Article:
The Chow Laboratory is focused on the study of high-grade gliomas which are aggressive brain tumors in adults and children. Despite improvements in neurosurgical techniques and in the delivery of radiation therapy as well as many trials of chemotherapeutic regimens, the last three decades have witnessed little improvement in patient outcome. Pediatric patients in particular have extremely limited treatment options. With this in mind, the overall goals of the laboratory are to better understand the biology of high-grade gliomas and to apply these findings toward the development of improved treatments for this devastating disease.

We employ both genetically engineered mouse models (GEMMs) and the study of human tumor material in our studies. Our GEMMs are novel and robust laboratory models that combine both a strong histological resemblance as well as distinct molecular similarities to human high-grade gliomas. This makes them ideal for studying disease relevant mechanisms and for testing novel therapeutic agents. Importantly, we collect and study pediatric high-grade glioma samples both at our own institution and as members of the international study cooperative Children’s Oncology Group (COG). Together, the study of both GEMMs and clinical samples are complementary and will ensure that our focus remains clinically relevant.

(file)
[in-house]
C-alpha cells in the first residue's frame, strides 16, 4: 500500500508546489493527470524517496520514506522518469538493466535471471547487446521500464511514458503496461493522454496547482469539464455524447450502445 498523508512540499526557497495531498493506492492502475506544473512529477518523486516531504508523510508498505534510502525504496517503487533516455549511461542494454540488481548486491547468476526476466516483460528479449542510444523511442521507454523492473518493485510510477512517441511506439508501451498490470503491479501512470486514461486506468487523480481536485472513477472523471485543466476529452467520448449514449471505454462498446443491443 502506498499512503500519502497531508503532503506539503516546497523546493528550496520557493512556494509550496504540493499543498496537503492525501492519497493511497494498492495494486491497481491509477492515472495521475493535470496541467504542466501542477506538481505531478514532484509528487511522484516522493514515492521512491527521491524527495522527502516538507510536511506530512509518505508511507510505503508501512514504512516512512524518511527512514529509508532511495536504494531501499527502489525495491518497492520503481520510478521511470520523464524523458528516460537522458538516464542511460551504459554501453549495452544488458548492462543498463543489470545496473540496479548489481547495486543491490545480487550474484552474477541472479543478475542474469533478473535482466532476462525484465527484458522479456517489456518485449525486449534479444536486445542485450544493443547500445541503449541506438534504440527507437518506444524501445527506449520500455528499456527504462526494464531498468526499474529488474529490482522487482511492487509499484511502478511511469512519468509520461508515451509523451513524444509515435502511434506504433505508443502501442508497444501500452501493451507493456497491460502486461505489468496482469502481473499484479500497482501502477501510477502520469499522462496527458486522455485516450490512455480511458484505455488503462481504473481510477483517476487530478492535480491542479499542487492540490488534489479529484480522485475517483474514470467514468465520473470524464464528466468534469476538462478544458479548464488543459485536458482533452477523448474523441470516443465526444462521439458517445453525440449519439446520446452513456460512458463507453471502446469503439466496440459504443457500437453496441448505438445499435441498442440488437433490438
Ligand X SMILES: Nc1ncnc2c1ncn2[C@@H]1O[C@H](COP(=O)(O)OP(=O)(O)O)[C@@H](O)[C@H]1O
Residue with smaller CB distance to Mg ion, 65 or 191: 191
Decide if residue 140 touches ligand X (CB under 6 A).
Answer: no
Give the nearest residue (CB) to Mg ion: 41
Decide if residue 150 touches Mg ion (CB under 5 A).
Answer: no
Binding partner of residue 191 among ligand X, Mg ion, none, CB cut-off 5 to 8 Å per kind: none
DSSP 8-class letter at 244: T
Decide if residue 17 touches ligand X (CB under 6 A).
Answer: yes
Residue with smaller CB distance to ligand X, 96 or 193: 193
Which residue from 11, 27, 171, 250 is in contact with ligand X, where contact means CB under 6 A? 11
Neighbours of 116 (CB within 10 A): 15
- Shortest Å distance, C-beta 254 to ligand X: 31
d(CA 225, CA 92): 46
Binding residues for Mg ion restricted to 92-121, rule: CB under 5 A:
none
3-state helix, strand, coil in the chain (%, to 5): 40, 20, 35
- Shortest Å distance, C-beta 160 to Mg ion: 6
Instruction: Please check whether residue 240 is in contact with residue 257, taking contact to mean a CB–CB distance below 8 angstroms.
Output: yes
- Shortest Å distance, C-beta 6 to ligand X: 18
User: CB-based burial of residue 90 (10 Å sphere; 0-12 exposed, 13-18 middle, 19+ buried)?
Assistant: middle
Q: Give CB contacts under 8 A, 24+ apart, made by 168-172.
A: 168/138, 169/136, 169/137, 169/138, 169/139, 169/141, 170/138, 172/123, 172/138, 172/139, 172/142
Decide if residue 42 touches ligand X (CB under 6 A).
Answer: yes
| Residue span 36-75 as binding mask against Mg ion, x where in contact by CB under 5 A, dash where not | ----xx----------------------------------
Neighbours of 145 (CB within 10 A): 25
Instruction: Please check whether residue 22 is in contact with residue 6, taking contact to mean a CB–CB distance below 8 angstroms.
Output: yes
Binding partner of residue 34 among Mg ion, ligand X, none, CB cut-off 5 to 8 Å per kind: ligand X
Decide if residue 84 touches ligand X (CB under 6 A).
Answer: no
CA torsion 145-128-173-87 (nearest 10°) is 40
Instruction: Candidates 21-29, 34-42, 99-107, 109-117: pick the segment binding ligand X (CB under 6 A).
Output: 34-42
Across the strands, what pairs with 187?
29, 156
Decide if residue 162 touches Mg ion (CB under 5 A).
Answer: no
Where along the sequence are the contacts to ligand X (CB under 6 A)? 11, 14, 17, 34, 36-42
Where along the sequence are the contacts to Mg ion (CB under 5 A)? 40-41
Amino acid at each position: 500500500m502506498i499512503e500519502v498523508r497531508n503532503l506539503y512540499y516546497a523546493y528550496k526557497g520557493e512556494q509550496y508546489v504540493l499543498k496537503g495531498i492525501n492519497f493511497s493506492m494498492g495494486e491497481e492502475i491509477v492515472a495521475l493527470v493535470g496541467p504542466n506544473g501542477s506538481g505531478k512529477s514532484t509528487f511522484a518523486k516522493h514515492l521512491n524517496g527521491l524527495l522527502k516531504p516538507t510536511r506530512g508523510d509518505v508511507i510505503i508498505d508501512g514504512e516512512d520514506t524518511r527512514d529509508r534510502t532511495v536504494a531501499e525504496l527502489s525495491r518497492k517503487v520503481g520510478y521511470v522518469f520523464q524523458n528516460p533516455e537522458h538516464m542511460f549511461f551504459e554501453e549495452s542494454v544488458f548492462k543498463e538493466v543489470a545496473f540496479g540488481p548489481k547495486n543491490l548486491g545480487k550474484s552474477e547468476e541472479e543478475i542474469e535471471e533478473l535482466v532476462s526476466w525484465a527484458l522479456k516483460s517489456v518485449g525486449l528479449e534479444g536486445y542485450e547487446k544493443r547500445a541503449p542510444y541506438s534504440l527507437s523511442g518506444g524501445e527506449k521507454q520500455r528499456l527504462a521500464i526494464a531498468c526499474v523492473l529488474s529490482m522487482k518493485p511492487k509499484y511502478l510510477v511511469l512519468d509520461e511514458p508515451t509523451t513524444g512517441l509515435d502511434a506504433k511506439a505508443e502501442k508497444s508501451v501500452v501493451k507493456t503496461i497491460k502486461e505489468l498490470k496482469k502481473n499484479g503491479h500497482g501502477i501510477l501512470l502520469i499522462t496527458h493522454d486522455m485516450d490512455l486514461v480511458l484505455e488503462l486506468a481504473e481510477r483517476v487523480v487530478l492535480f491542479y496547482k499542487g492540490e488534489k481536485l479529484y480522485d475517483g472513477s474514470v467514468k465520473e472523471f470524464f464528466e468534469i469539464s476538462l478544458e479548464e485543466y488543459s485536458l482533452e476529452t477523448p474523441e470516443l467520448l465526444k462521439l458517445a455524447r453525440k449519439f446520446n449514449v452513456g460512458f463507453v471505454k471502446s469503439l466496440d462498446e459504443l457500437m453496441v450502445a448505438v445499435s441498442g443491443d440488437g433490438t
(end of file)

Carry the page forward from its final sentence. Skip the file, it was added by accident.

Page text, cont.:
The laboratory employs a wide-range of analytical techniques and experimental paradigms. We utilize various “omics” platforms to interrogate global changes in tumors at the DNA, gene expression and micro-RNA expression levels. This is coupled with immunohistochemical, molecular and biochemical studies as well as cellular studies. Our pre-clinical studies centers on the in vivo treatment of GEMMs with small molecules alone and in combinations followed by tumor analysis as well as survival analysis. We are also developing mouse xenograft models established from freshly isolated pediatric brain tumor samples to complement the genetic models.

The long term goals of the laboratory are to translate our findings into early phase clinical trials that can be carried out in our institution or as part of cooperative group trials with the Pediatric Brain Tumor Consortium (PBTC) or COG.